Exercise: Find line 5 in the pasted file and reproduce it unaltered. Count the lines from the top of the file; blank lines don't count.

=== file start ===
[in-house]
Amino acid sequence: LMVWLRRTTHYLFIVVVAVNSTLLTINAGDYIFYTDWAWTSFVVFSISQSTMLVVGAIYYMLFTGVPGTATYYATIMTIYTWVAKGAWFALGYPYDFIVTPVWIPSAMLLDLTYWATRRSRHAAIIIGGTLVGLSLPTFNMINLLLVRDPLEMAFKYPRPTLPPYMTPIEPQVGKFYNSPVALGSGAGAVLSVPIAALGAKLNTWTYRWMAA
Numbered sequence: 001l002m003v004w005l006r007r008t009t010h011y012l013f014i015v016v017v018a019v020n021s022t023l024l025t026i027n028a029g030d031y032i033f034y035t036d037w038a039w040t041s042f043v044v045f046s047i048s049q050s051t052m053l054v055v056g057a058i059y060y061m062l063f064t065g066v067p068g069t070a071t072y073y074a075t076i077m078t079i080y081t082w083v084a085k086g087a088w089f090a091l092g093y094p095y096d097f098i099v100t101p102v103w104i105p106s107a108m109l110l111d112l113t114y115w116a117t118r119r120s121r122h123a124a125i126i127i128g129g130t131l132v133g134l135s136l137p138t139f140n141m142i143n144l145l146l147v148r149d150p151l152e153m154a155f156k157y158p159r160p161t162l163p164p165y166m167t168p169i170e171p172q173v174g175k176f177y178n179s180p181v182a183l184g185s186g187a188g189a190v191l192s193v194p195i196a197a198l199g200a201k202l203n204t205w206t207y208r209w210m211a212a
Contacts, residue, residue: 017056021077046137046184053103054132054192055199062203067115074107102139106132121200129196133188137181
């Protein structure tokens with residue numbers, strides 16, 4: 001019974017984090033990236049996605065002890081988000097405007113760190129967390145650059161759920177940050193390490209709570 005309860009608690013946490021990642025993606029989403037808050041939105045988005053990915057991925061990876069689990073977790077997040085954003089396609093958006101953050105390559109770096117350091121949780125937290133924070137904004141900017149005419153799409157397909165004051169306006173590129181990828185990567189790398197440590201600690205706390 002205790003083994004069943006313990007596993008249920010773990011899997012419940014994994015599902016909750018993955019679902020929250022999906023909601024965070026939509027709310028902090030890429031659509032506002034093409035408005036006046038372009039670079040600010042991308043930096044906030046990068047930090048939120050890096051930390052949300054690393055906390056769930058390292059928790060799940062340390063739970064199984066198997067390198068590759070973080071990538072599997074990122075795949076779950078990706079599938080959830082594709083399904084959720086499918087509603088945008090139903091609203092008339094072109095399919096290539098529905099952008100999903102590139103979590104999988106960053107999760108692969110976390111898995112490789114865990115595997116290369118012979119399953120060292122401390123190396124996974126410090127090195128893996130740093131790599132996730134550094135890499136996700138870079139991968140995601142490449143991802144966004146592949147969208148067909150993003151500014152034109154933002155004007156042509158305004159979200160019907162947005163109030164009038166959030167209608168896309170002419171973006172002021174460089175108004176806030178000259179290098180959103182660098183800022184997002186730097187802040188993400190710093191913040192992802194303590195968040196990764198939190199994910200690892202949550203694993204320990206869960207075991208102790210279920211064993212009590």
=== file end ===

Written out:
């Protein structure tokens with residue numbers, strides 16, 4: 001019974017984090033990236049996605065002890081988000097405007113760190129967390145650059161759920177940050193390490209709570 005309860009608690013946490021990642025993606029989403037808050041939105045988005053990915057991925061990876069689990073977790077997040085954003089396609093958006101953050105390559109770096117350091121949780125937290133924070137904004141900017149005419153799409157397909165004051169306006173590129181990828185990567189790398197440590201600690205706390 002205790003083994004069943006313990007596993008249920010773990011899997012419940014994994015599902016909750018993955019679902020929250022999906023909601024965070026939509027709310028902090030890429031659509032506002034093409035408005036006046038372009039670079040600010042991308043930096044906030046990068047930090048939120050890096051930390052949300054690393055906390056769930058390292059928790060799940062340390063739970064199984066198997067390198068590759070973080071990538072599997074990122075795949076779950078990706079599938080959830082594709083399904084959720086499918087509603088945008090139903091609203092008339094072109095399919096290539098529905099952008100999903102590139103979590104999988106960053107999760108692969110976390111898995112490789114865990115595997116290369118012979119399953120060292122401390123190396124996974126410090127090195128893996130740093131790599132996730134550094135890499136996700138870079139991968140995601142490449143991802144966004146592949147969208148067909150993003151500014152034109154933002155004007156042509158305004159979200160019907162947005163109030164009038166959030167209608168896309170002419171973006172002021174460089175108004176806030178000259179290098180959103182660098183800022184997002186730097187802040188993400190710093191913040192992802194303590195968040196990764198939190199994910200690892202949550203694993204320990206869960207075991208102790210279920211064993212009590």